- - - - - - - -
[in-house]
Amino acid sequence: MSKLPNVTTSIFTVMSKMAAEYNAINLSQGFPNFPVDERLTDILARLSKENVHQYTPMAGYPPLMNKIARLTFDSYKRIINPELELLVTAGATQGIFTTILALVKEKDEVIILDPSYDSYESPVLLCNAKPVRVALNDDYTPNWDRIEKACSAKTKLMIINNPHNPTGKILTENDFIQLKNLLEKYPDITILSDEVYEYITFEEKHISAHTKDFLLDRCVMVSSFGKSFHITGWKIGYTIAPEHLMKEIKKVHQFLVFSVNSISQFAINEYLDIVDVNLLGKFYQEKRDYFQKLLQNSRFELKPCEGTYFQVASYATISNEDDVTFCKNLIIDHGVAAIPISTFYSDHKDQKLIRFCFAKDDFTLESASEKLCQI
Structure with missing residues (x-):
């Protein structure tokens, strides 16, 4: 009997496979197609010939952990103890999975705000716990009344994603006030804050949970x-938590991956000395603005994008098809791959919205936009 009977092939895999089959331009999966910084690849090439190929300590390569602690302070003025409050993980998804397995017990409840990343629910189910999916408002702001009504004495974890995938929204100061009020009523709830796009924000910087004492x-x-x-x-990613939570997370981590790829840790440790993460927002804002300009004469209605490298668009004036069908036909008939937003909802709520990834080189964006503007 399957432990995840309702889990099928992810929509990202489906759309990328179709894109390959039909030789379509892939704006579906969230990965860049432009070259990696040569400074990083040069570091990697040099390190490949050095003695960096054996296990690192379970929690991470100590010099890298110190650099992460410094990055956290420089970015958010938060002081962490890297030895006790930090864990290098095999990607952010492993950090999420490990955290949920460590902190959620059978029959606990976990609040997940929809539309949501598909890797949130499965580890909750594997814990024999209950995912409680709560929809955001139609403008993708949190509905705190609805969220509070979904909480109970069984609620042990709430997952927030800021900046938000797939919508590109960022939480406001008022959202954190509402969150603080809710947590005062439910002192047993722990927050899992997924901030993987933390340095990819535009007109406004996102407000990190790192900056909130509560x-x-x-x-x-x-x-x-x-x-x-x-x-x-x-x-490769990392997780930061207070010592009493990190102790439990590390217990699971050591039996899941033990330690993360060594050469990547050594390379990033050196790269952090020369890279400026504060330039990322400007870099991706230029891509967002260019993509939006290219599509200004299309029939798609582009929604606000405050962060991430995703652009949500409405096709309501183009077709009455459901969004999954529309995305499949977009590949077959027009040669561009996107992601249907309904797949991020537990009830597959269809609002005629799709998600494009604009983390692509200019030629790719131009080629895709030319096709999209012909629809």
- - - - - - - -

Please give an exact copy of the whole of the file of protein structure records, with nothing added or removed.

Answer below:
[in-house]
Amino acid sequence: MSKLPNVTTSIFTVMSKMAAEYNAINLSQGFPNFPVDERLTDILARLSKENVHQYTPMAGYPPLMNKIARLTFDSYKRIINPELELLVTAGATQGIFTTILALVKEKDEVIILDPSYDSYESPVLLCNAKPVRVALNDDYTPNWDRIEKACSAKTKLMIINNPHNPTGKILTENDFIQLKNLLEKYPDITILSDEVYEYITFEEKHISAHTKDFLLDRCVMVSSFGKSFHITGWKIGYTIAPEHLMKEIKKVHQFLVFSVNSISQFAINEYLDIVDVNLLGKFYQEKRDYFQKLLQNSRFELKPCEGTYFQVASYATISNEDDVTFCKNLIIDHGVAAIPISTFYSDHKDQKLIRFCFAKDDFTLESASEKLCQI
Structure with missing residues (x-):
């Protein structure tokens, strides 16, 4: 009997496979197609010939952990103890999975705000716990009344994603006030804050949970x-938590991956000395603005994008098809791959919205936009 009977092939895999089959331009999966910084690849090439190929300590390569602690302070003025409050993980998804397995017990409840990343629910189910999916408002702001009504004495974890995938929204100061009020009523709830796009924000910087004492x-x-x-x-990613939570997370981590790829840790440790993460927002804002300009004469209605490298668009004036069908036909008939937003909802709520990834080189964006503007 399957432990995840309702889990099928992810929509990202489906759309990328179709894109390959039909030789379509892939704006579906969230990965860049432009070259990696040569400074990083040069570091990697040099390190490949050095003695960096054996296990690192379970929690991470100590010099890298110190650099992460410094990055956290420089970015958010938060002081962490890297030895006790930090864990290098095999990607952010492993950090999420490990955290949920460590902190959620059978029959606990976990609040997940929809539309949501598909890797949130499965580890909750594997814990024999209950995912409680709560929809955001139609403008993708949190509905705190609805969220509070979904909480109970069984609620042990709430997952927030800021900046938000797939919508590109960022939480406001008022959202954190509402969150603080809710947590005062439910002192047993722990927050899992997924901030993987933390340095990819535009007109406004996102407000990190790192900056909130509560x-x-x-x-x-x-x-x-x-x-x-x-x-x-x-x-490769990392997780930061207070010592009493990190102790439990590390217990699971050591039996899941033990330690993360060594050469990547050594390379990033050196790269952090020369890279400026504060330039990322400007870099991706230029891509967002260019993509939006290219599509200004299309029939798609582009929604606000405050962060991430995703652009949500409405096709309501183009077709009455459901969004999954529309995305499949977009590949077959027009040669561009996107992601249907309904797949991020537990009830597959269809609002005629799709998600494009604009983390692509200019030629790719131009080629895709030319096709999209012909629809």